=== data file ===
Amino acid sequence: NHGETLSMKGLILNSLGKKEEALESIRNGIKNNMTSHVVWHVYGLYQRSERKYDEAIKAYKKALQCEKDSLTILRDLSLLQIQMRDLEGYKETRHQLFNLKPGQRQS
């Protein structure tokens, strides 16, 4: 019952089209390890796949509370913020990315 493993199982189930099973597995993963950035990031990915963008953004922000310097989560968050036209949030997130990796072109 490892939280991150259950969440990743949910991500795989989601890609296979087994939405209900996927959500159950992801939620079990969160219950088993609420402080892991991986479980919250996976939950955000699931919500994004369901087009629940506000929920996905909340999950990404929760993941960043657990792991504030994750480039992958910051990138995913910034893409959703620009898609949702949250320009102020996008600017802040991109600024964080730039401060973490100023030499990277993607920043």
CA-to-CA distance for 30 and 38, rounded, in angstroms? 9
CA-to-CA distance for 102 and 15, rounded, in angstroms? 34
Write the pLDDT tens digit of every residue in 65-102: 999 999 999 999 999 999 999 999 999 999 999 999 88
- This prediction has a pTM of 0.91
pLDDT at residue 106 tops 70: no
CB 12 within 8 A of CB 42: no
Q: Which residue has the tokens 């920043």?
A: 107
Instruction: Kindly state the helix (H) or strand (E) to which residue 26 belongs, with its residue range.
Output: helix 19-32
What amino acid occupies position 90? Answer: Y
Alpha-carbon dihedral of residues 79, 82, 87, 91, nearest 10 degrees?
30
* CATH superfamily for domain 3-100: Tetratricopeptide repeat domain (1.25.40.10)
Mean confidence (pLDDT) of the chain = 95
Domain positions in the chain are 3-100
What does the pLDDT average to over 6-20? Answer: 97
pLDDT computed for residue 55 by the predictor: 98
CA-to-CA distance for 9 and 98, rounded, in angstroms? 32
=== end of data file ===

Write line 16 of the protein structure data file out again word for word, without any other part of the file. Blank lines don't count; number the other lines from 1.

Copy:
* CATH superfamily for domain 3-100: Tetratricopeptide repeat domain (1.25.40.10)